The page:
MAP kinases

The stimulation of tyrosine kinase receptors generates self-phosphorylation, thus generating binding sites to SH2 proteins. This protein with this SH2 domain is called GRb2, with

a nucleotide exchange factor called SOS, as well as the entire complex of this protein when associated with the growth factor-activated receptor.

This causes SOS to associate with the plasma membrane and interact with Ras (a protein with similar activity to G-proteins).

Via JAK/STAT

The JAK/STAT signalling pathway involves three elements:

– Ligand receptor, most of which are cytokine receptors, hence the role of this pathway in the immune response.

– JAK receptor-associated proteins inside the cell

– STAT (Signal Transducer and Activator of Transcription) proteins, whose function is to act as transcription factors once activated by phosphorylation.

JAK proteins possess tyrosine kinase activity, i.e. they phosphorylate tyrosine residues.

These sites for SH2 allow the arrival and binding of STAT proteins to the phosphotyrosine residues of the receptor, when this occurs the JAK proteins reactivate their tyrosine-kinase function and phosphorylate STAT.

As a consequence, STAT proteins dissociate from the receptor and bind to form a dimer (dimerization) which then moves to the cell nucleus where it binds to DNA and acts to promote gene transcription.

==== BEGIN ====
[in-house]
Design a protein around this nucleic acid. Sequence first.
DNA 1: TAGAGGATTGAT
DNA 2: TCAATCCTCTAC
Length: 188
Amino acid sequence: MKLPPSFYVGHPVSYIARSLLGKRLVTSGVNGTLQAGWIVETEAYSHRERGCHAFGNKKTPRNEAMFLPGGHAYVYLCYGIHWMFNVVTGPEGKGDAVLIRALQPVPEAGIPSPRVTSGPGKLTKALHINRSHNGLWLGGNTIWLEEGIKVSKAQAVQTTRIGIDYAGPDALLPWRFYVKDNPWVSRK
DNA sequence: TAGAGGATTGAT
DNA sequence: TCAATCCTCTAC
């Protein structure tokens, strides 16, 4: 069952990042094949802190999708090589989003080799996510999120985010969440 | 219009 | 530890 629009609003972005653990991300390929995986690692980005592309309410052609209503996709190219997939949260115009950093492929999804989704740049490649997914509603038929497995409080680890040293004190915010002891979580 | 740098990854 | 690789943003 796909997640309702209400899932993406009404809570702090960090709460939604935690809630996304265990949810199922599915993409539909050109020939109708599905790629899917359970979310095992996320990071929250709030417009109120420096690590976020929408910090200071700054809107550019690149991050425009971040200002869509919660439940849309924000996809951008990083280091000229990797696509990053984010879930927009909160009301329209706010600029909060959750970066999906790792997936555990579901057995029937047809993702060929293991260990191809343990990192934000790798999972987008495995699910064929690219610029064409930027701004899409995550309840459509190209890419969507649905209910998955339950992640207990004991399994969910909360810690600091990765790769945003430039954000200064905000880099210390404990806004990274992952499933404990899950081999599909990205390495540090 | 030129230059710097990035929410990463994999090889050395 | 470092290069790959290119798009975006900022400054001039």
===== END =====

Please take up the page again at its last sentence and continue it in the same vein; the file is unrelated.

The ligands of the JAK/STAT pathway in most cases belong to the cytokine family, these include Interferon or Interleukin molecules.

Another type of ligand that acts through this signaling pathway is growth factors.

The importance of the JAK/STAT signalling pathway lies in its close relationship with immune system mechanisms such as inflammation.

It has been seen that inhibitors of JAK proteins can have a positive effect on some autoimmune diseases such as rheumatoid arthritis.

Phospholipids and Ca2+

Another cellular signaling pathway is the second messenger pathway, such as those derived from membrane phospholipids, one of the best known of which is PIP2 (phosphatidyl inositol bisphosphate), a component of the plasma membrane and located on the inner side of the membrane.

The intracellular signaling pathway derived from second messengers begins when a protein  G activates phospholipase C (PLC).